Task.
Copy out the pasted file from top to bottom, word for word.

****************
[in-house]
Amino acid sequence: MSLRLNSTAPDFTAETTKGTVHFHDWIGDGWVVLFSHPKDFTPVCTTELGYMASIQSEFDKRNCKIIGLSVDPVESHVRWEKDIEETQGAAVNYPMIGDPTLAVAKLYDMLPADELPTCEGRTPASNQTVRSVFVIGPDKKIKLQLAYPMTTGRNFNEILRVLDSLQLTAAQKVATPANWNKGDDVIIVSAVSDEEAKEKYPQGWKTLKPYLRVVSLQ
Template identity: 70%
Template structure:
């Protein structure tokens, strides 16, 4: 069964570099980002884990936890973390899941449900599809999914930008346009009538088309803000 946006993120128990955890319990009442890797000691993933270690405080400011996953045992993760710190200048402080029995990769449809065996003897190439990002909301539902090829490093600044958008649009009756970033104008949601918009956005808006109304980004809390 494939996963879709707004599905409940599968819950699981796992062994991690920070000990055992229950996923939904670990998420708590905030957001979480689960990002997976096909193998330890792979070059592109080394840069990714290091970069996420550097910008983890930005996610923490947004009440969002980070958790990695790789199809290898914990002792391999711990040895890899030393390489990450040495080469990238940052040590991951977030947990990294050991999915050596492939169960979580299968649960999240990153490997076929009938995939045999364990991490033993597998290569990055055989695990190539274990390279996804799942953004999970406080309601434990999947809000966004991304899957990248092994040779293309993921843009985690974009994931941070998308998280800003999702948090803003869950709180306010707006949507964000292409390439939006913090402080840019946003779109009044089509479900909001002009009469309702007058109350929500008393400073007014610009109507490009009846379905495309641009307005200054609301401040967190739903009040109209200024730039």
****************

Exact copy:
[in-house]
Amino acid sequence: MSLRLNSTAPDFTAETTKGTVHFHDWIGDGWVVLFSHPKDFTPVCTTELGYMASIQSEFDKRNCKIIGLSVDPVESHVRWEKDIEETQGAAVNYPMIGDPTLAVAKLYDMLPADELPTCEGRTPASNQTVRSVFVIGPDKKIKLQLAYPMTTGRNFNEILRVLDSLQLTAAQKVATPANWNKGDDVIIVSAVSDEEAKEKYPQGWKTLKPYLRVVSLQ
Template identity: 70%
Template structure:
């Protein structure tokens, strides 16, 4: 069964570099980002884990936890973390899941449900599809999914930008346009009538088309803000 946006993120128990955890319990009442890797000691993933270690405080400011996953045992993760710190200048402080029995990769449809065996003897190439990002909301539902090829490093600044958008649009009756970033104008949601918009956005808006109304980004809390 494939996963879709707004599905409940599968819950699981796992062994991690920070000990055992229950996923939904670990998420708590905030957001979480689960990002997976096909193998330890792979070059592109080394840069990714290091970069996420550097910008983890930005996610923490947004009440969002980070958790990695790789199809290898914990002792391999711990040895890899030393390489990450040495080469990238940052040590991951977030947990990294050991999915050596492939169960979580299968649960999240990153490997076929009938995939045999364990991490033993597998290569990055055989695990190539274990390279996804799942953004999970406080309601434990999947809000966004991304899957990248092994040779293309993921843009985690974009994931941070998308998280800003999702948090803003869950709180306010707006949507964000292409390439939006913090402080840019946003779109009044089509479900909001002009009469309702007058109350929500008393400073007014610009109507490009009846379905495309641009307005200054609301401040967190739903009040109209200024730039």